Murky Forecast for Holiday Shopping - TheStreet

Murky Forecast for Holiday Shopping

The holiday shopping season officially starts later this week, but opinion is divided on whether consumers will turn out in force.
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By Kevin Grewal, Editorial Director at



) -- Thanksgiving is right around the corner, and so is Black Friday, which is the official start of the holiday shopping season and traditionally the nation's single busiest shopping day.

Consumer spending has been sluggish during the Great Recession, and it's unclear whether it will pick up enough during the coming holiday season to give the retail sector the boost it needs.

Most retail industry experts expect lots of people to go shopping on Black Friday, because many retailers are expected to offer exceptional discounts and tailor their offerings to penny-pinching consumers.

For example,


(WMT) - Get Report

is offering consumers a $100 gift card with the purchase of a $199 Nintendo Wii, while

Best Buy

(BBY) - Get Report


Office Depot


are advertising netbook computers with the new Windows 7 software, for under $300 and


(TGT) - Get Report

is expected to offer some home appliances for as little as $3.

Some experts say consumer demand may be surprisingly strong in the next month, because consumers have had more than a year to adjust their spending habits, cope with the weak economy and put a holiday shopping plan together.

Another positive is that retailers have made it easier for consumers to purchase big-ticket items by offering extended layaway plans and earlier sales.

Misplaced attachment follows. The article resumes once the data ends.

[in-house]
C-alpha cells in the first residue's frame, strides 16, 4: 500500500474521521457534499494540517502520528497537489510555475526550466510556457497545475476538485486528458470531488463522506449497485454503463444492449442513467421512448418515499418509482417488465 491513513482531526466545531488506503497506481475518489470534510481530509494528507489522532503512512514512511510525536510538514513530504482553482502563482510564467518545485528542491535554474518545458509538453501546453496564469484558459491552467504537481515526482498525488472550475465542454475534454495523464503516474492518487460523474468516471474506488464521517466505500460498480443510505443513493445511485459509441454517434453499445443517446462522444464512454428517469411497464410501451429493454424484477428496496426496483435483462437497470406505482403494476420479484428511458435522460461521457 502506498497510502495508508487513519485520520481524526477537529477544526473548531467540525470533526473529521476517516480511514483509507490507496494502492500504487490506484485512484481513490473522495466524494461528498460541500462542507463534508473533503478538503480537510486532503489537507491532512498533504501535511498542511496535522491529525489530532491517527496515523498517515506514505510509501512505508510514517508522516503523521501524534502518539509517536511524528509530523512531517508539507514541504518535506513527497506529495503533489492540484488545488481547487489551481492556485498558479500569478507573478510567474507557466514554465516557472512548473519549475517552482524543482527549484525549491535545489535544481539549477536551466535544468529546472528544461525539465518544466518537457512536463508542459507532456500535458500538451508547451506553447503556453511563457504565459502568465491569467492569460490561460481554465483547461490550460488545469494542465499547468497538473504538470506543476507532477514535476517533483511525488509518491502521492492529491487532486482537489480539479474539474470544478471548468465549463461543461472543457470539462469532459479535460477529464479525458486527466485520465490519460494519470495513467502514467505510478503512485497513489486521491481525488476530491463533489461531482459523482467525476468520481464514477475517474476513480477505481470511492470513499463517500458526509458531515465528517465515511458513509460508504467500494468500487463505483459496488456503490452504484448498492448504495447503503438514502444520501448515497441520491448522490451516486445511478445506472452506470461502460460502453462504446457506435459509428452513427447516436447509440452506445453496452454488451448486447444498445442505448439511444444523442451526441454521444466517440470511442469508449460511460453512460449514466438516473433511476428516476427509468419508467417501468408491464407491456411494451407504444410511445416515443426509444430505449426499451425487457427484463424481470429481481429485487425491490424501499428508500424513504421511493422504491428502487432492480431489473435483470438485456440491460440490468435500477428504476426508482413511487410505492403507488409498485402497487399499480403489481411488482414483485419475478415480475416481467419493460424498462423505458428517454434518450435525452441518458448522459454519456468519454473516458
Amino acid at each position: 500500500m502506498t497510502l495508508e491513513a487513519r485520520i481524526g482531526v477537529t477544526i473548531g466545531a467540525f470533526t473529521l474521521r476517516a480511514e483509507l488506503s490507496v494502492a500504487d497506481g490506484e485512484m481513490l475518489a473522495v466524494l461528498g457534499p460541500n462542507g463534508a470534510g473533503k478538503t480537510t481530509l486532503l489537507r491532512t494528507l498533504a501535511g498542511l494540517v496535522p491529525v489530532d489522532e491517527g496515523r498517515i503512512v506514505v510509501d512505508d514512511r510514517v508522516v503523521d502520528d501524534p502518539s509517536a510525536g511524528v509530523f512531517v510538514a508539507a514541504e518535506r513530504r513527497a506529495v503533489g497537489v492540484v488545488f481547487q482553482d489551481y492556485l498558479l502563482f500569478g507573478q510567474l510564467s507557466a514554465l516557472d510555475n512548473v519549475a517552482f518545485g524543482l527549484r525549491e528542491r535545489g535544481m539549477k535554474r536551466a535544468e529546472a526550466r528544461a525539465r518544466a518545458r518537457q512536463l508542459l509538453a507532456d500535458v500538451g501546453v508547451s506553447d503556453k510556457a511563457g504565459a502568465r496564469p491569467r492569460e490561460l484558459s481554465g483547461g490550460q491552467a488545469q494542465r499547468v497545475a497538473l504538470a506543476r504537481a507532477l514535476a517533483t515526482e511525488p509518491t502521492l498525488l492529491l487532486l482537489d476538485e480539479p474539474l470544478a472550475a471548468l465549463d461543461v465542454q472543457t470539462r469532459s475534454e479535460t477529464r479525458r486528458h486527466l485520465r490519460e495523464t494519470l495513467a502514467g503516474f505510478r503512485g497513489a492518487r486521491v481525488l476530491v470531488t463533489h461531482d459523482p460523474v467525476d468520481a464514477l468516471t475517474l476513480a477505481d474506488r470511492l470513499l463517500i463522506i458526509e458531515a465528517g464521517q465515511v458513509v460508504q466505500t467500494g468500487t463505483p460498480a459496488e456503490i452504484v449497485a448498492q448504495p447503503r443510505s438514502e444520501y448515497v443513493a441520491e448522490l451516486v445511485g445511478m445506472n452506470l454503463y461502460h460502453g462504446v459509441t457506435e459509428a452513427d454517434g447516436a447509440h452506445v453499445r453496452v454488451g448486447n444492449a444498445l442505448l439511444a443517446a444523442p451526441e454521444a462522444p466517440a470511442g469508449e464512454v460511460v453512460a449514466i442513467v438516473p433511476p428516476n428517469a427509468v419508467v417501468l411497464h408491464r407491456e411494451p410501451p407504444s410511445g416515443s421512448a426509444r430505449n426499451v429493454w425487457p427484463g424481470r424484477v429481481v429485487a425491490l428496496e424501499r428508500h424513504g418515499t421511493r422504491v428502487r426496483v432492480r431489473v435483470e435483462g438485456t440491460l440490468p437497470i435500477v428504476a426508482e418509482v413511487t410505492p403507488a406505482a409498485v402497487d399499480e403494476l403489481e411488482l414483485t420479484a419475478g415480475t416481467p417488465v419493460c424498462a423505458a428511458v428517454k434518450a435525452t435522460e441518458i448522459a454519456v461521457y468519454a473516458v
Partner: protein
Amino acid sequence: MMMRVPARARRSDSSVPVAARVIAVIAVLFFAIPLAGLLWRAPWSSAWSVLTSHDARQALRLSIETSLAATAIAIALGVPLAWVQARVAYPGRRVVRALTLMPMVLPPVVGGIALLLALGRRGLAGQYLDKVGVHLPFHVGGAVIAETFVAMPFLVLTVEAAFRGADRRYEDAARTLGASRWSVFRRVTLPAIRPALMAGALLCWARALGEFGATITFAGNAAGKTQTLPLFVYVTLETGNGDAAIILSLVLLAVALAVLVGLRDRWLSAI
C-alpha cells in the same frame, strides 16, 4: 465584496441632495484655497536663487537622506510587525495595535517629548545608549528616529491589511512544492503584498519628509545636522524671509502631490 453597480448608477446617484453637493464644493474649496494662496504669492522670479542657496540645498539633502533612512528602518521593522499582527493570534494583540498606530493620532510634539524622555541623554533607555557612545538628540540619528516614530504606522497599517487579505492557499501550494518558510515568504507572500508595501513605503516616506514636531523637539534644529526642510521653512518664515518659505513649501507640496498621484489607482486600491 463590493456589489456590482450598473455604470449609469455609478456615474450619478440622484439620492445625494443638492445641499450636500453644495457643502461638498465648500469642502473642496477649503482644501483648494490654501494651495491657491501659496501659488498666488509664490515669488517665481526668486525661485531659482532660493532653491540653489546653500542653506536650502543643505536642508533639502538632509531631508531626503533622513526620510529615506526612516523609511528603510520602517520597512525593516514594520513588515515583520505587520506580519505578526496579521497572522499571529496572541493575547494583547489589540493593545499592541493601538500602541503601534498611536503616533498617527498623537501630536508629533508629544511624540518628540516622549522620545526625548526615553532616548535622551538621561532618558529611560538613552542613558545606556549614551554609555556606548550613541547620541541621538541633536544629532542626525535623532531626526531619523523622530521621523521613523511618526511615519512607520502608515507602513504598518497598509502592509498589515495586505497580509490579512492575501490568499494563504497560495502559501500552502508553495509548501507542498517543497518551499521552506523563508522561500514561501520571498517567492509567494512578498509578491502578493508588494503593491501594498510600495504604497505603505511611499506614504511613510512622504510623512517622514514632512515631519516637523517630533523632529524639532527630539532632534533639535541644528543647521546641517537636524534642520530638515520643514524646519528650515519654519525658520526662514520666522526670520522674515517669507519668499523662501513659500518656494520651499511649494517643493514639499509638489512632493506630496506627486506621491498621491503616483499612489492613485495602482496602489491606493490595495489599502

A combination of these factors, has led the International Council of Shopping Centers to forecast a 1%-2% rise in holiday sales.

Those who are looking at the glass as half empty say rising unemployment and an unstable economic outlook will cause consumers to remain cautious and refrain from impulse buying. Additionally, they are suggesting that special sales that retailers had earlier this year may have an adverse affect on Black Friday revenues because some consumers have already made their big purchases for the year. This has led organizations like the National Retail Federation to suggest that revenues for the holiday season are likely to decline.

Investors also need to keep in mind that even if consumers turn out in force and boost retailer revenues, this year's eye-popping discounts may erode margins.

Some equities that will be influenced by Black Friday are:

  • SPDR S&P Select Retail ETF (XRT) - Get Report, up 93% from a March low of $18.27 to close at $35.17 on Monday
  • Merrill Lynch Retail HOLDRs (RTH) - Get Report, closing at $94.59 on Monday after seeing a March low of $61.26, an increase of 54%.
  • SPDR S&P Select Consumer Discretionary (XLY) - Get Report, up 80% from a March low of $16.11 to close at $28.94 on Monday.

When investing in equities, it is important to keep in mind the inherent risks involved. To help mitigate these risks, an exit strategy is important. According to the latest data at

, an upward trend in the aforementioned ETFs could come to an end at the following price points: XRT at $33.71; RTH at $90.83; and XLY at $27.61. These price points change on a daily basis as markets fluctuate and updated data can be found at

-- Written By Kevin Grewal in Laguna Niguel, Calif.

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At the time of publication, Grewal had no positions in equities mentioned.

Kevin Grewal serves as the editorial director and research analyst at The ETF Institute, which is the only independent organization providing financial professionals with certification, education, and training pertaining to exchange-traded funds (ETFs). Additionally, he serves as the editorial director at where he focuses on mitigating risks and implementing exit strategies to preserve equity. Prior to this, Grewal was an analyst at a small hedge fund where he constructed portfolios dealing with stock lending, exchange-traded funds, arbitrage mechanisms and alternative investments. He is an expert at dealing with ETFs and holds a bachelor's degree from the University of California along with a MBA from the California State University, Fullerton.